Back in May I asked the Rock My Style community for advice regarding choosing a kitchen worktop which would add the finishing touch to our victorian terrace galley kitchen renovation. You responded with tonnes of great advice and suggestions and today I am proud to reveal the new kitchen, complete with before and after photographs.
For the record, neither Lizzie or I thought our old kitchen needed ripping out when we first saw it. I mentioned in my previous kitchen post that upon taking on #thecheltenhamhouse renovation project (As it has now become know as on my Instagram account) the kitchen was the only room we decided didn't require major work. However, as we started to renovate other rooms in the house the kitchen became a weak link in the aesthetic chain... Add to this a distinct lack of storage (and a lack of dishwasher) and the argument for a layout rethink started to gather momentum.
Do It Right
What began with a kitchen layout redesign soon escalated into a major room renovation. Once we had chosen our contemporary white handless kitchen we realised that the clean lines of the units were probably going to show up our victorian wonky walls and ceiling. So, the ceiling came down and the walls were stripped back to bare brick. We toyed with the idea of leaving one wall exposed but the brickwork was in such poor condition (check out the evidence here) that we decided to re-plaster. The red brick flooring also had to go, it was an original feature so it was a shame to rip it out but it had been so extensively damaged (And repaired with red painted concrete!) over the years that I didn't feel too bad about giving it the old heave-ho. To finish the job properly the room was re-wired and all previously exposed pipework and wiring was hidden away.
All of this preliminary dirty work added considerably to the total job cost but I feel it was the right thing to do. Not only do we have a new kitchen, we have what feels like a completely new room.
Space & Light
The biggest change in the new kitchen is the layout. we moved from a Galley kitchen layout to a C shaped layout. Although this meant losing floor space it increased storage and usable space. The kitchen feels larger due to the light, bright colour scheme and when standing in the room now it actually feels like a different shape. The old kitchen felt narrow like a thin rectangle; it surprised me when drawing up plans right back at the start of the project that the room is near enough square... I had to go back and check my measurements! With the new C shape layout the room feels spacious. One small decision that really opened the room up was to not have any wall units on the right hand wall. In the old layout a wall cupboard closed the room off blocking all important light from the rooms single window.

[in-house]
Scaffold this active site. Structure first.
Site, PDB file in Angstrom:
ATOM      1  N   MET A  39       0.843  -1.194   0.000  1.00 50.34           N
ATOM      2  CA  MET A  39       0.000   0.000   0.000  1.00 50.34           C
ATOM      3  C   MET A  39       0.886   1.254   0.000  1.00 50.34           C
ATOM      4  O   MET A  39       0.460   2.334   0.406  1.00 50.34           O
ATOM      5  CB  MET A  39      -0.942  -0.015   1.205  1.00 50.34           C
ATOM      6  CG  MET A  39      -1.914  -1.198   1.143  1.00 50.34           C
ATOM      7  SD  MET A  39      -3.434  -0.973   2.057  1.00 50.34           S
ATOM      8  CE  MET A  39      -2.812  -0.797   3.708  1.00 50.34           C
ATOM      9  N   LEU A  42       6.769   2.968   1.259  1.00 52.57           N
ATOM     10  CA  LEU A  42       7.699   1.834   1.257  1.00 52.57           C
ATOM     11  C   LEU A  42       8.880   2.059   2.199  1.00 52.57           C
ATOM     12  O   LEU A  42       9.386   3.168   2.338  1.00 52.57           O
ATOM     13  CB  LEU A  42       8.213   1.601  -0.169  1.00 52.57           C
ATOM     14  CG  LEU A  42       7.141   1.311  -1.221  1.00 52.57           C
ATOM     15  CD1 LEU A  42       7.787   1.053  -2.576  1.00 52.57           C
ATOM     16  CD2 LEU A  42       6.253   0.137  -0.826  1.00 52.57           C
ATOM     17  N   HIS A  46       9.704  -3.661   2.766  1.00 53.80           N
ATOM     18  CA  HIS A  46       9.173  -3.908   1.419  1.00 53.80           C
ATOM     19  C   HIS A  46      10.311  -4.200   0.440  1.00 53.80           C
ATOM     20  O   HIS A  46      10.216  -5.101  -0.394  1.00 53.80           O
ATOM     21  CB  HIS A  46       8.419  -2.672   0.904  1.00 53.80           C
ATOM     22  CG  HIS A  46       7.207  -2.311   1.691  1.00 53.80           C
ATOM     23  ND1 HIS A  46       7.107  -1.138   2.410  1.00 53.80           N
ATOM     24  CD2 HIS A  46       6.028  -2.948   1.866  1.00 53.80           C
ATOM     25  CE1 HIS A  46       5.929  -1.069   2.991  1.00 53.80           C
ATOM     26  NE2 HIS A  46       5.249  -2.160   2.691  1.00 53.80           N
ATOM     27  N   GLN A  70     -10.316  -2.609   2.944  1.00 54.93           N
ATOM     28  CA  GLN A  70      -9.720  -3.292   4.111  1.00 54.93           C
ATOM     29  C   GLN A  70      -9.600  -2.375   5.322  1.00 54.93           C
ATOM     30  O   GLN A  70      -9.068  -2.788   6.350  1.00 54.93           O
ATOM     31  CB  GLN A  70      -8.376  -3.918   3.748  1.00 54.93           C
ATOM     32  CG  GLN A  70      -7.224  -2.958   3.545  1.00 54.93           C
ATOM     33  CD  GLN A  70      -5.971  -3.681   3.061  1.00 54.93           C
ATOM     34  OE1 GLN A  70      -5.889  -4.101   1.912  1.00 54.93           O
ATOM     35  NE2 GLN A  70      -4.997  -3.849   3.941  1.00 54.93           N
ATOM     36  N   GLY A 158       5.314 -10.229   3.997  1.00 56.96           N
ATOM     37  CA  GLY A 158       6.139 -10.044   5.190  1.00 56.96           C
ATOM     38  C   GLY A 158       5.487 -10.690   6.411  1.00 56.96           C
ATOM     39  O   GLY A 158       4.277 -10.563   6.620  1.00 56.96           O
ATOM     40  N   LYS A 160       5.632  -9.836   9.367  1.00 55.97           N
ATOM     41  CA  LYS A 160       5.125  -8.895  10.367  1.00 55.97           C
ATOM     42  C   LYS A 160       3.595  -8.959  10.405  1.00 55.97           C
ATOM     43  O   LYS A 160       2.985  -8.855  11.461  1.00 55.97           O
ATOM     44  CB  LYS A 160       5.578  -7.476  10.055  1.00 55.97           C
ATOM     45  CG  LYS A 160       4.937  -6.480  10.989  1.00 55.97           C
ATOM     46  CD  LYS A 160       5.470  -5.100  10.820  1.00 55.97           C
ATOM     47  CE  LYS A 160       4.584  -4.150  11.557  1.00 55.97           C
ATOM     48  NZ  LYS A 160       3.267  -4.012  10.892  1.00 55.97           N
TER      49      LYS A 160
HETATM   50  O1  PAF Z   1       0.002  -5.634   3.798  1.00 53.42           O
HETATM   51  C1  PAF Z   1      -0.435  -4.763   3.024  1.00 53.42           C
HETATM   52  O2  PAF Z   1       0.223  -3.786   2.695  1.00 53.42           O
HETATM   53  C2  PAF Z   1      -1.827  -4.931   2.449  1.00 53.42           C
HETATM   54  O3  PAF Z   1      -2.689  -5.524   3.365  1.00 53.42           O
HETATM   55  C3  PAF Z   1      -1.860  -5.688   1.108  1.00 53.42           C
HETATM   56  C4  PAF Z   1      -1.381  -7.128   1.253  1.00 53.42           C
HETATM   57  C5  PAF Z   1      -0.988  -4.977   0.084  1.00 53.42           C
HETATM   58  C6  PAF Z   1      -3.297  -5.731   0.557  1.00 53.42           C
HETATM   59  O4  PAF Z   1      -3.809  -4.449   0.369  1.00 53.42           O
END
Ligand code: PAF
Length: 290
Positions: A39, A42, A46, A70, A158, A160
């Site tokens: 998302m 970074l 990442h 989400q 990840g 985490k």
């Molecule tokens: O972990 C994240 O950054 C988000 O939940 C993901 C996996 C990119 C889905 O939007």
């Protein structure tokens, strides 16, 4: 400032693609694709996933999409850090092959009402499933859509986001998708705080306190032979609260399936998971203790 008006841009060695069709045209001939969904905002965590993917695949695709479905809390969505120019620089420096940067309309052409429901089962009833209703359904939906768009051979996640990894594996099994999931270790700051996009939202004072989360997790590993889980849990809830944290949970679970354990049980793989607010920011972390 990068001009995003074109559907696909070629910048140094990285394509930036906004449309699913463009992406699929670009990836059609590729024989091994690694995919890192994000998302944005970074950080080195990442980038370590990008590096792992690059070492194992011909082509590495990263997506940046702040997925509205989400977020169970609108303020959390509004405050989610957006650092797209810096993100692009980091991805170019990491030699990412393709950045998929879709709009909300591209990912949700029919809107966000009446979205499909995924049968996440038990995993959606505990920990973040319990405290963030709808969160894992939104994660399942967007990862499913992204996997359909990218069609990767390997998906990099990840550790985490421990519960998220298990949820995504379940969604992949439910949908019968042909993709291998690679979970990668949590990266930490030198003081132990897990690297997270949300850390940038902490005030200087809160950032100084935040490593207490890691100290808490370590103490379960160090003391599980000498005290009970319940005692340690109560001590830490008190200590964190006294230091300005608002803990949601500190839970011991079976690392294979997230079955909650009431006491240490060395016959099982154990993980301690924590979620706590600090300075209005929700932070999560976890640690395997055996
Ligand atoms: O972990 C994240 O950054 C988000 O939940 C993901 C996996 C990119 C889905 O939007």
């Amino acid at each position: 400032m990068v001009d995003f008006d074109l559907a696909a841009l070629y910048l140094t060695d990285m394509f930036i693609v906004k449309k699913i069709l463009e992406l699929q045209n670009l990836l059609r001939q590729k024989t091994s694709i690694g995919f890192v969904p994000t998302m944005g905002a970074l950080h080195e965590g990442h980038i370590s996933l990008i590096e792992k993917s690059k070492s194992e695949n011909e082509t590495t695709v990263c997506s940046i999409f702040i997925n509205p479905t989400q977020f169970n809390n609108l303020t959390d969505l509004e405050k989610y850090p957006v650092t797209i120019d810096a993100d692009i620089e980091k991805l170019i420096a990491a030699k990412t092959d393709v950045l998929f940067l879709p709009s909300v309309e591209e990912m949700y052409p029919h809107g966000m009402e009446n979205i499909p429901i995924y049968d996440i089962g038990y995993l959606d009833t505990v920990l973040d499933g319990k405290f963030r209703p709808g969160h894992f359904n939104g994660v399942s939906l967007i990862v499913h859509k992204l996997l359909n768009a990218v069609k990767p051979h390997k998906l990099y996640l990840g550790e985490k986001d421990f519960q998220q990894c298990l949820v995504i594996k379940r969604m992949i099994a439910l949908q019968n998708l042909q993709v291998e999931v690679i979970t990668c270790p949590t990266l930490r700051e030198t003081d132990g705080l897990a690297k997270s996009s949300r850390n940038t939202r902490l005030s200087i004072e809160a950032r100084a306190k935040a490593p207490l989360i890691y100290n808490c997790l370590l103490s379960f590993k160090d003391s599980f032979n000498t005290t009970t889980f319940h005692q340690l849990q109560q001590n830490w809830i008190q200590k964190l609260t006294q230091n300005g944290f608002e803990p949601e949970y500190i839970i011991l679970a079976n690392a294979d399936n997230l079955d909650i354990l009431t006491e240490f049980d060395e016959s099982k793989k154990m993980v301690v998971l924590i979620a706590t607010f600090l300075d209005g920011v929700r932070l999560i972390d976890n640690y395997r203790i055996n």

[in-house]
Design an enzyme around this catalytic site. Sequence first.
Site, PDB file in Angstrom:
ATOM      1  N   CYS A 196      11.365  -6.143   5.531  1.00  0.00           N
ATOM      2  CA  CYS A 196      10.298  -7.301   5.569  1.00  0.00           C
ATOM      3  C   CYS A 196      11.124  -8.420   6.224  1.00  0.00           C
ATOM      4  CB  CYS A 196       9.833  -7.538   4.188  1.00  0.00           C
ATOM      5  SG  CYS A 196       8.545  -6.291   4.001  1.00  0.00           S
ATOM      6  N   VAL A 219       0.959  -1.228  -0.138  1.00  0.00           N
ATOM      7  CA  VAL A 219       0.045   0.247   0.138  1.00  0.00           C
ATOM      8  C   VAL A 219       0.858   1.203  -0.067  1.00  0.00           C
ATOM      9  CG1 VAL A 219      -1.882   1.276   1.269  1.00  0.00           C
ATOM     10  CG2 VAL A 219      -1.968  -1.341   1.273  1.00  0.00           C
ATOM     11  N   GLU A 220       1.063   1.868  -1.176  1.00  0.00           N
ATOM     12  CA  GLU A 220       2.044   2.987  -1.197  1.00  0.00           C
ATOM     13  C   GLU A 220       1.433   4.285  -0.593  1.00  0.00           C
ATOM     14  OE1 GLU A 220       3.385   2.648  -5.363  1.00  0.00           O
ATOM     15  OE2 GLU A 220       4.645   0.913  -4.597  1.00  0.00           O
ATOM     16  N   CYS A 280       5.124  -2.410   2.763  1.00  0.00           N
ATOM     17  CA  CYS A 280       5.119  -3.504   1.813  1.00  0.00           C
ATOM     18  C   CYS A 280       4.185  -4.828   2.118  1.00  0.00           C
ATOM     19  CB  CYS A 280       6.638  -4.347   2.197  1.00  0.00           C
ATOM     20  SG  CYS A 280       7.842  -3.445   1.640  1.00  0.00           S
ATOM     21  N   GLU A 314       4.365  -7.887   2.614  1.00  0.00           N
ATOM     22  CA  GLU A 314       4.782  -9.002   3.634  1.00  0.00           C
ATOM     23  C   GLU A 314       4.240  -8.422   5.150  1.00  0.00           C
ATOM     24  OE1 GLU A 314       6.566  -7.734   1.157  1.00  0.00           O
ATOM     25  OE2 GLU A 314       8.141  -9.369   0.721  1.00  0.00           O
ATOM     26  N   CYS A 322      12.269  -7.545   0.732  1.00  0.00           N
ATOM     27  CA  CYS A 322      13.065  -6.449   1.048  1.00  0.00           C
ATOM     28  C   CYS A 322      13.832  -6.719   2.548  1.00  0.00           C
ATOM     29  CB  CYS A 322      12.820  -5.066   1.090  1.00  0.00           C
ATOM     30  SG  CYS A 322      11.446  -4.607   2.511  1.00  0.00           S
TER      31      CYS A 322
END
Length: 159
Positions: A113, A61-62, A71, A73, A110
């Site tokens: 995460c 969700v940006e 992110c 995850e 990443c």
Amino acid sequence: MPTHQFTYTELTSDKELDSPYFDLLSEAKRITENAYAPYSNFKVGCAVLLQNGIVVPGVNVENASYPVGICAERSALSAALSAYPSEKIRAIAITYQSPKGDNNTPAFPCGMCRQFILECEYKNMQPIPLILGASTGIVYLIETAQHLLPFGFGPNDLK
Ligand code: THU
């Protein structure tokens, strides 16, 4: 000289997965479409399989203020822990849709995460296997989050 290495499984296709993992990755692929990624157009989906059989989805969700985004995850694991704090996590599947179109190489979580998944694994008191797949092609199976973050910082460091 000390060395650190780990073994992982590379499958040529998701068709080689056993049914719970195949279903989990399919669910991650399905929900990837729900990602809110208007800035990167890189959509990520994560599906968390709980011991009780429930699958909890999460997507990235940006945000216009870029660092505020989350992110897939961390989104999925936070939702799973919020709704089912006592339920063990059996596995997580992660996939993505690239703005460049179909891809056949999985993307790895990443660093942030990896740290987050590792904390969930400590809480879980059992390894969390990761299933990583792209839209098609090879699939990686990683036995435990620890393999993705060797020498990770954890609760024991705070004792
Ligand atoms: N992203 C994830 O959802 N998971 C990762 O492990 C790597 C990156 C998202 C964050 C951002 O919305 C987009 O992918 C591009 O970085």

The new layout has given us enough space to add a slimline dishwasher to the immediate right of the oven and we have also gained storage space by opting for a full height slide out pantry which sits next to the full height integrated fridge-freezer. Of course full height units mean less work surface but we've added worktop across the back wall and so retain as much usable work surface space as we had previously.
All of the tiles were sourced from Tile Mountain, I found their range and price to be excellent and although I was sceptical about shopping for tiles online, they make it really easy with free samples with next day delivery. The bonus of being sent samples is that you can judge them side by side in situ. For the floor we went for Doblo matt grey porcelain and the walls were treated to white metro tiles, in both cases we used a mid grey grout.
The big decision in which the RMS community helped enormously which material to choose for the worktop. Laminate, Solid Wood, Composite, Concrete or Solid Stone? We dearly wanted the industrial edge that concrete would have provided but the budget said no. In the end we chose a light grey quartz that looks enough like polished concrete. The slim 30mm profile is modern and works really well with the handleless cupboard design, the colour is also a near perfect match to the floor. The worktops were purchased from, and expertly fitted by, Hatherley Worktops a local company who deserve a massive shout out because they were incredibly helpful, did a fantastic job and were unbeatable on price. The thing I really like about the worktop is that as it is made to measure it extends into the windowsill area without a join. This makes me far more happy than it realistically should.
Finally, the colour scheme - we wanted to keep everything as light and bright as possible to maximise the space and I think we've achieved this. We did discuss adding a really strong accent colour to either the units, the worktops or the tiles but in the end we decided that as #thecheltenhamhouse is not our forever home that in the interest of renting or selling down the line it would be best to keep the structural fixings neutral. Instead we've added a flash of sunshine yellow to the non permanent pieces. Some were purchased in that hue, others - like the Philippe Starke lemon squeezer, were painted by yours truly.
The Kitchen Renovation Cost
For those interested in the project costs I've broken them down roughly as follows:
Kitchen units & appliances £5000.00
Plastering, carpentry, electrical and prep work £2000.00
Kitchen installation, flooring and wall tiling £3500.00
If you have any questions regarding the renovation, the logistics or indeed anything else that I have mentioned please do get in touch via the comments section below. You can see some images from the renovation "in-progress" over on my instagram account @adamcrohill.
Photography by Adam Crohill